It’s Wednesday and that means it’s new comic day. And today it also means that it’s Dark Matter #1 release day, which regular readers will remember me writing about in the past. Accordingly, I headed out to Silver Snail at lunch and picked up the disturbingly large pile of comics waiting for me. I got back to the office in time to read Dark Matter #1 before having to head to a meeting, so I thought I’d post a quick review.
The story opens with someone emerging from a stasis pod to find that life support levels are apparently dangerously low. En route to try and fix things, he encounters other people with similar goals. One of the other people beats him to the punch and manages to stabilize things so they don’t all die in the first couple of pages. It’s at this point they determine that of the six of them, no one knows who they are or why they’re on a space shift adrift in deep space. As they explore the ship, they start to assume different roles, such as leader, security officer, medic and so on, based on abilities they presumably had before their memories were erased. They determine that even the records in the ship that would help them figure out who they are and why they’re there have been erased.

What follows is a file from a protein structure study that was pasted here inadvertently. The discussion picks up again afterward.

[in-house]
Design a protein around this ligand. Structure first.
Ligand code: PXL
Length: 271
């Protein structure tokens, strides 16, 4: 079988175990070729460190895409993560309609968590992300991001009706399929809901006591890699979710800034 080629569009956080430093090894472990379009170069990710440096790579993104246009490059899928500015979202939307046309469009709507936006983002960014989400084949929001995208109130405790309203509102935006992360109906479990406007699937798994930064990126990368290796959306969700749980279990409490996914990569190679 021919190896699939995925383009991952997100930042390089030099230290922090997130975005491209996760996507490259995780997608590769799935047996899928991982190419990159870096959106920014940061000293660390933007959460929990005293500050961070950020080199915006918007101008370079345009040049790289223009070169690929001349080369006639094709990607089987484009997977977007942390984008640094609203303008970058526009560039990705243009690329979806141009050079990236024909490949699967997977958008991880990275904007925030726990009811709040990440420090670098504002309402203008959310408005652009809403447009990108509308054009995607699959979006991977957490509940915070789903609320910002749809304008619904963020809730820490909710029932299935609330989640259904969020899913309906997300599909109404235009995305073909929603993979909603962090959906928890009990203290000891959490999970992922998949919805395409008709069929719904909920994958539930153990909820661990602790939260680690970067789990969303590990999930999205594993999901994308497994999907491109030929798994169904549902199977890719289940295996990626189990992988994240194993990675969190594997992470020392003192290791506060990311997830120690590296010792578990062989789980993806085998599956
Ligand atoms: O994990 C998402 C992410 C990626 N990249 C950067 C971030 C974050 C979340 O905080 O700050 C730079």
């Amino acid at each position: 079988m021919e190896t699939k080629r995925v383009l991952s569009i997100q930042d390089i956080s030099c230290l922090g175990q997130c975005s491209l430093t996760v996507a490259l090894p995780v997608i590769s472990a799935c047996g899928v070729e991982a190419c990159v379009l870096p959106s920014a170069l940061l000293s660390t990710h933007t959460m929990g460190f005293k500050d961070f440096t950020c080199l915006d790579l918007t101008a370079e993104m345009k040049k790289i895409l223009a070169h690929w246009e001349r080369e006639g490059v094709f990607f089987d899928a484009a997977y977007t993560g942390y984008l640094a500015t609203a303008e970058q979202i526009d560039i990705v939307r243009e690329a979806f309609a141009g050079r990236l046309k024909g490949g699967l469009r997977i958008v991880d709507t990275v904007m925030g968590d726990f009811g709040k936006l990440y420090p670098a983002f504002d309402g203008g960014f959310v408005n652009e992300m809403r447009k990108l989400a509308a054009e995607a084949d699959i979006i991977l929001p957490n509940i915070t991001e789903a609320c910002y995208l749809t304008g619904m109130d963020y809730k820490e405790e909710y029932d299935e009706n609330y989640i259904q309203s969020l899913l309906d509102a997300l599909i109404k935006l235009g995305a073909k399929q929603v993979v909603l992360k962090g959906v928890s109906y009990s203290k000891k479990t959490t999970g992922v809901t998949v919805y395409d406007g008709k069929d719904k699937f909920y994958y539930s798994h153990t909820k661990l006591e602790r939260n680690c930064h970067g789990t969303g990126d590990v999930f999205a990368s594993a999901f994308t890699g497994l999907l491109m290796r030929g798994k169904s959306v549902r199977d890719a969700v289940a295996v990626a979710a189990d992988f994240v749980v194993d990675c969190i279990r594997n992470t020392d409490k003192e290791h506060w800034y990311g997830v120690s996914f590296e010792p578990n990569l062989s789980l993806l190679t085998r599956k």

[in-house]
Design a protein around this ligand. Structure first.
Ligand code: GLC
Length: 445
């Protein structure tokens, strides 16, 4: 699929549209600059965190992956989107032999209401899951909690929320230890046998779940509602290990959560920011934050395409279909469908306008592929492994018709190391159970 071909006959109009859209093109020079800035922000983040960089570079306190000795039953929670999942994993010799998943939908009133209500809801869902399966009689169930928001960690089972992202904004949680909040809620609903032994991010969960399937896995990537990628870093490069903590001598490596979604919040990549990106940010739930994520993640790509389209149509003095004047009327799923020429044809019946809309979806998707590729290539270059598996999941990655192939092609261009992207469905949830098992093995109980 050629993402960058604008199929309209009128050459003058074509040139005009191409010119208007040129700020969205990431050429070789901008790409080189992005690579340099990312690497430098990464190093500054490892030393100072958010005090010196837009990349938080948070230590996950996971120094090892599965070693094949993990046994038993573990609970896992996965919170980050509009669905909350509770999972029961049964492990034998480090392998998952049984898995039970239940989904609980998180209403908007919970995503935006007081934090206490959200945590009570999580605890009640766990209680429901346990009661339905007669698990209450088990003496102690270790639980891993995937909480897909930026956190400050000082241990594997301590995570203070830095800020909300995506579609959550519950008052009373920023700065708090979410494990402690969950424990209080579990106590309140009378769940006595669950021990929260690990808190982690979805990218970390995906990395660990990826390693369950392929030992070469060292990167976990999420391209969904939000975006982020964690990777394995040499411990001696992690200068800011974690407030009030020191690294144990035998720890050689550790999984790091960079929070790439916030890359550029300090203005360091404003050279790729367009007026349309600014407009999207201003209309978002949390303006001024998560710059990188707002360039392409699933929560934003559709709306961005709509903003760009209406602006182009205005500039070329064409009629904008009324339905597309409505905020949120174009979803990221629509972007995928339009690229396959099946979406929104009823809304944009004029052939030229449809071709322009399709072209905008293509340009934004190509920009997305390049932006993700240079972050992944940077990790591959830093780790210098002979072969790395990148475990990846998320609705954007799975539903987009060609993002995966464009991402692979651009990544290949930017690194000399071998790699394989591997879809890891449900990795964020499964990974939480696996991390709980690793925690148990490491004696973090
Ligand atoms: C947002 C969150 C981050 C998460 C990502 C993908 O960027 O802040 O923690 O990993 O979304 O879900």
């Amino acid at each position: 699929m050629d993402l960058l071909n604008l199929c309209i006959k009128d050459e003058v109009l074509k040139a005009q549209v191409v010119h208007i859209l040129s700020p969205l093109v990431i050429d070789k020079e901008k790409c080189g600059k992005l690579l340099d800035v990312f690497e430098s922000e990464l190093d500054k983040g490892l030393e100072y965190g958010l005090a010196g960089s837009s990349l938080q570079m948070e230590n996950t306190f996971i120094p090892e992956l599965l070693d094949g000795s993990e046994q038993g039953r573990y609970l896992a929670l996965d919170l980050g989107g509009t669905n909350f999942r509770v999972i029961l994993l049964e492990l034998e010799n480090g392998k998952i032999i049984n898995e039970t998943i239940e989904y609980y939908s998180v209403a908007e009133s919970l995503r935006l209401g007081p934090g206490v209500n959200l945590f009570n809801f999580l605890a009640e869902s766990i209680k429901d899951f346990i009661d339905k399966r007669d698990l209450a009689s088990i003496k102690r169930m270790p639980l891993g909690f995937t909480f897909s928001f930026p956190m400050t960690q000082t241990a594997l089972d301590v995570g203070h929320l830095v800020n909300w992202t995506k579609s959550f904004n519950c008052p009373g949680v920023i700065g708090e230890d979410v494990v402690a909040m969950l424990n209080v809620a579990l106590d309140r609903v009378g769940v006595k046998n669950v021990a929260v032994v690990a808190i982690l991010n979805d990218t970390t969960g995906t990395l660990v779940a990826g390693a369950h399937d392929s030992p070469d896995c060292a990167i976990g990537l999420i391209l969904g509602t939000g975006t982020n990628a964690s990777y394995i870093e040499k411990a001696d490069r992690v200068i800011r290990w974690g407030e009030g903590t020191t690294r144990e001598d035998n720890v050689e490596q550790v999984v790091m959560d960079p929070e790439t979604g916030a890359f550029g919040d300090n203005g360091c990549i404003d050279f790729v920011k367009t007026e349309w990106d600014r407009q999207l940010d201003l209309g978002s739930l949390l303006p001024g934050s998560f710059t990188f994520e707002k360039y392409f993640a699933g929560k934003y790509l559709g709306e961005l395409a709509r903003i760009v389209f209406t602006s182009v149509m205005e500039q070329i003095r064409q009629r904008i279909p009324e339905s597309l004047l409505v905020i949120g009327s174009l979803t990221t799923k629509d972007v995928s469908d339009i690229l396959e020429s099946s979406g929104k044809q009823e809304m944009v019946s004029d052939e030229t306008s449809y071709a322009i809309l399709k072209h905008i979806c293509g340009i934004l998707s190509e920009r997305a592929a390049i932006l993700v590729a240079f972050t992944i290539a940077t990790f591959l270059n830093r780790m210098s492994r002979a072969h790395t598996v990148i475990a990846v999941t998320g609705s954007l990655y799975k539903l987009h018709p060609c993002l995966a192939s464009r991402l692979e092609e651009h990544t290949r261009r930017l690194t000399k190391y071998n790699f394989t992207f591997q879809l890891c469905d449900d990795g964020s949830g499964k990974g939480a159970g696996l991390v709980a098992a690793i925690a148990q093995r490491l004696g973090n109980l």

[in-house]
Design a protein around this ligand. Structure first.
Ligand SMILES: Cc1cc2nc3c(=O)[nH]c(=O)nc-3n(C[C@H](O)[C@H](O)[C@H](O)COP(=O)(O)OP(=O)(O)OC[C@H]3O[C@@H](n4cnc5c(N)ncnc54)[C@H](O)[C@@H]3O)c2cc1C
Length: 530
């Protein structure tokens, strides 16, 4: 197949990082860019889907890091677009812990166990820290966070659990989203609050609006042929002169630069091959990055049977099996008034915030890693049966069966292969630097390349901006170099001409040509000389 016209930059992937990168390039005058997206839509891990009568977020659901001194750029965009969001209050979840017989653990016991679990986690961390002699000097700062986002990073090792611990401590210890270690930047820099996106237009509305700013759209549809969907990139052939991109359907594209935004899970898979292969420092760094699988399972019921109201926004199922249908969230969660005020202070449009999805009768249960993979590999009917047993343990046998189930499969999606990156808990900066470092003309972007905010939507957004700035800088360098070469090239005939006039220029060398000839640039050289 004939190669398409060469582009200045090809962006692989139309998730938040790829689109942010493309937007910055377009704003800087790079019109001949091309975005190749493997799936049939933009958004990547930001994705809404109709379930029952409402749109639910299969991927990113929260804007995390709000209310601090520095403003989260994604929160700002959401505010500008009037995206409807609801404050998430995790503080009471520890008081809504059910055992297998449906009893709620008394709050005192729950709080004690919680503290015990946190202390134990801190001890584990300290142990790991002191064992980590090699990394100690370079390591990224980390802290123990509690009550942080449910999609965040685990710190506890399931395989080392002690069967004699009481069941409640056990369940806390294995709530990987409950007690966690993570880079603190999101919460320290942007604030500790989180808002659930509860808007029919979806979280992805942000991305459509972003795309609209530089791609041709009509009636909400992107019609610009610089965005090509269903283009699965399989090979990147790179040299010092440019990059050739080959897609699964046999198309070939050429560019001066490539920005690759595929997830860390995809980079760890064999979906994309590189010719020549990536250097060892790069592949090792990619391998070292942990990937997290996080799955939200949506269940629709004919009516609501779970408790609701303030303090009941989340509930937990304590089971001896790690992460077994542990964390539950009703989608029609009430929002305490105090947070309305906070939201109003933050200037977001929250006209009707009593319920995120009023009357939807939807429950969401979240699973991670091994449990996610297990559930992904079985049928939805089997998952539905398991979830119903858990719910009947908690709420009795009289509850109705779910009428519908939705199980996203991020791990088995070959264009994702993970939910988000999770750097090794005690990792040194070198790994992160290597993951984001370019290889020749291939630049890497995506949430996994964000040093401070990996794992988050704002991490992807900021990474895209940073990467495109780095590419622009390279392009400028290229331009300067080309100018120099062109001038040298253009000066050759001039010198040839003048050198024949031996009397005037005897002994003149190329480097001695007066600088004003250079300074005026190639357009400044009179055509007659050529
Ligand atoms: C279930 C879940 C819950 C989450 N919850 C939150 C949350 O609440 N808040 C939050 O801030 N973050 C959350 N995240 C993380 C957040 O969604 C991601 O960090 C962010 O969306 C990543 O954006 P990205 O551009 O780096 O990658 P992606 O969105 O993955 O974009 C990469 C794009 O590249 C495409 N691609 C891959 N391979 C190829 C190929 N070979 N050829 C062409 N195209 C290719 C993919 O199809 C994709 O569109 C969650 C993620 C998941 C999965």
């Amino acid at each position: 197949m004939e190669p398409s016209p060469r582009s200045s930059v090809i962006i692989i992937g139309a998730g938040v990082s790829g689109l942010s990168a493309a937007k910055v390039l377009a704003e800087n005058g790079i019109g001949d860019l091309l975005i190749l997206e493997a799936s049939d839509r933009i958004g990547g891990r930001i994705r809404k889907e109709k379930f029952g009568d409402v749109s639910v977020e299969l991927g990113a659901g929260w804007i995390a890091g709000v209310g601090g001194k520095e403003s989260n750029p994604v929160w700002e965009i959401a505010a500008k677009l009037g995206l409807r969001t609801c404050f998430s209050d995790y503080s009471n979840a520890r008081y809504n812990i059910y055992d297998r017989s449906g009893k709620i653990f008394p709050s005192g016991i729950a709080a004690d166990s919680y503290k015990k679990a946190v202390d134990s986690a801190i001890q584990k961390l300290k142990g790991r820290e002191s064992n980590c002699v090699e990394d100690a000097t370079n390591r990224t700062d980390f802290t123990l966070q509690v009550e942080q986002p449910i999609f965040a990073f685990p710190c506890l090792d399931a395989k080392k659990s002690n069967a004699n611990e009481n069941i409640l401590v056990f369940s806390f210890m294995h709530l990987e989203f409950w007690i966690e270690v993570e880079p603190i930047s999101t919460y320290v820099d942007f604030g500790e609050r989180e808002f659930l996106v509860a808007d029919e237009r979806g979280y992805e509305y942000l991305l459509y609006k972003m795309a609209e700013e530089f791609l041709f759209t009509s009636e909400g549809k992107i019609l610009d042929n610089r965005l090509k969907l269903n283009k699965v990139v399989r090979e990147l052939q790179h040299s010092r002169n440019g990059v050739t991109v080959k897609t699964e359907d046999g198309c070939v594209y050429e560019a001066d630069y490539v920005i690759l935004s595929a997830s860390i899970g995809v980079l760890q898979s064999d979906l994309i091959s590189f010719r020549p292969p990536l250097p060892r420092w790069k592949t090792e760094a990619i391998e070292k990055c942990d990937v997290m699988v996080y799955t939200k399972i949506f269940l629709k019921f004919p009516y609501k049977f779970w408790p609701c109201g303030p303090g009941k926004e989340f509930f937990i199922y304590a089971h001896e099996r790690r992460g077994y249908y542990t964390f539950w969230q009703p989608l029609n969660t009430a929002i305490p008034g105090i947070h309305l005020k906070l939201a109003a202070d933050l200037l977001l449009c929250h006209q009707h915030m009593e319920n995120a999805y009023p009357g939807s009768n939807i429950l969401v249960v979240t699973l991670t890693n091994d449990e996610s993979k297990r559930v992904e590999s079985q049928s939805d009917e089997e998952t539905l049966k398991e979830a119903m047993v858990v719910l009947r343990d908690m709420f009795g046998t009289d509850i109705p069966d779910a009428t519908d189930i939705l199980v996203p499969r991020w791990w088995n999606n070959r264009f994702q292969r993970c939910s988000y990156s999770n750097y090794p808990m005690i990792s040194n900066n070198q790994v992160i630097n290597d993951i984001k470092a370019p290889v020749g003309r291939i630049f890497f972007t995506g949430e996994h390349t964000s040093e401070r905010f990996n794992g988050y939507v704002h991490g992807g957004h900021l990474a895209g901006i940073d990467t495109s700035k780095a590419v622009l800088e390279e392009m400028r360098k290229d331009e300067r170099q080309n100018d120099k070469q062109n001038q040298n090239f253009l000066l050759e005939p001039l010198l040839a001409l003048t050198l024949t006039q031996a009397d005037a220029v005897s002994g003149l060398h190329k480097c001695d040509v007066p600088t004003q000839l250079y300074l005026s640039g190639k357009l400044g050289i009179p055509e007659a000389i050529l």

A couple more things take place that I won’t reveal so as not to spoil it for those who haven’t read it yet, but suffice it to say by the end of the issue they’re under attack. By whom and why will hopefully be revealed next issue!
From a story perspective, I have to say it’s well written. The characters are developing at a nice rate and the dialogue isn’t getting bogged down. The format and medium (i.e. a comic book) doesn’t allow for too much of the latter, and in any event I wouldn’t expect it from the writers. Joseph Mallozzi and Paul Scullie have proven themselves of being able to write concise and witty (when appropriate) dialogue and they continue to deliver that in Dark Matter.
And I loved the artwork, too. The dark environment of the ship (as I envision it anyway) comes across beautifully in the drawings by Garry Brown and Ryan Hill.
Bottom line: Based on Dark Matter #1, the remaining issues in the four-part series are going to be worth buying and I’m looking forward to reading them.